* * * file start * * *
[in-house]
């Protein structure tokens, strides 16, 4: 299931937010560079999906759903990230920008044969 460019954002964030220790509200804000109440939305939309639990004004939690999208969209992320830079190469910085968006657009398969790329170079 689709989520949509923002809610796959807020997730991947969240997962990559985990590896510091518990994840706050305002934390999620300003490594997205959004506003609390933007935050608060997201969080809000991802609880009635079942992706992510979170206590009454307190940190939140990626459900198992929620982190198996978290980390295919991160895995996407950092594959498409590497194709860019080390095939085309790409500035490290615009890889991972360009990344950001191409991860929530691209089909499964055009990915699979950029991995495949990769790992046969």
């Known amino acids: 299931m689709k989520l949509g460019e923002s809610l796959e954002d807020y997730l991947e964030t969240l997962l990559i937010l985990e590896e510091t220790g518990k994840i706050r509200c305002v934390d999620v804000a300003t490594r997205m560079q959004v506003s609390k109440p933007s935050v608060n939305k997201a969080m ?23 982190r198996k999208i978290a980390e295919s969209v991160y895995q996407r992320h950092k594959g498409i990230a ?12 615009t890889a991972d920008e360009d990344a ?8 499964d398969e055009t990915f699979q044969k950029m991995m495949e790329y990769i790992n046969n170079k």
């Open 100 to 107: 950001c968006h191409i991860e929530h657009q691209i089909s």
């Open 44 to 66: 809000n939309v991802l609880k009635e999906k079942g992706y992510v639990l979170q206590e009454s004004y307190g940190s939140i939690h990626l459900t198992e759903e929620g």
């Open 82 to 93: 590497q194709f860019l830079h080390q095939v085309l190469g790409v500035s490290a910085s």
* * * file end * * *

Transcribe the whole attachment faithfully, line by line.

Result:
[in-house]
């Protein structure tokens, strides 16, 4: 299931937010560079999906759903990230920008044969 460019954002964030220790509200804000109440939305939309639990004004939690999208969209992320830079190469910085968006657009398969790329170079 689709989520949509923002809610796959807020997730991947969240997962990559985990590896510091518990994840706050305002934390999620300003490594997205959004506003609390933007935050608060997201969080809000991802609880009635079942992706992510979170206590009454307190940190939140990626459900198992929620982190198996978290980390295919991160895995996407950092594959498409590497194709860019080390095939085309790409500035490290615009890889991972360009990344950001191409991860929530691209089909499964055009990915699979950029991995495949990769790992046969």
């Known amino acids: 299931m689709k989520l949509g460019e923002s809610l796959e954002d807020y997730l991947e964030t969240l997962l990559i937010l985990e590896e510091t220790g518990k994840i706050r509200c305002v934390d999620v804000a300003t490594r997205m560079q959004v506003s609390k109440p933007s935050v608060n939305k997201a969080m ?23 982190r198996k999208i978290a980390e295919s969209v991160y895995q996407r992320h950092k594959g498409i990230a ?12 615009t890889a991972d920008e360009d990344a ?8 499964d398969e055009t990915f699979q044969k950029m991995m495949e790329y990769i790992n046969n170079k």
């Open 100 to 107: 950001c968006h191409i991860e929530h657009q691209i089909s």
């Open 44 to 66: 809000n939309v991802l609880k009635e999906k079942g992706y992510v639990l979170q206590e009454s004004y307190g940190s939140i939690h990626l459900t198992e759903e929620g």
């Open 82 to 93: 590497q194709f860019l830079h080390q095939v085309l190469g790409v500035s490290a910085s």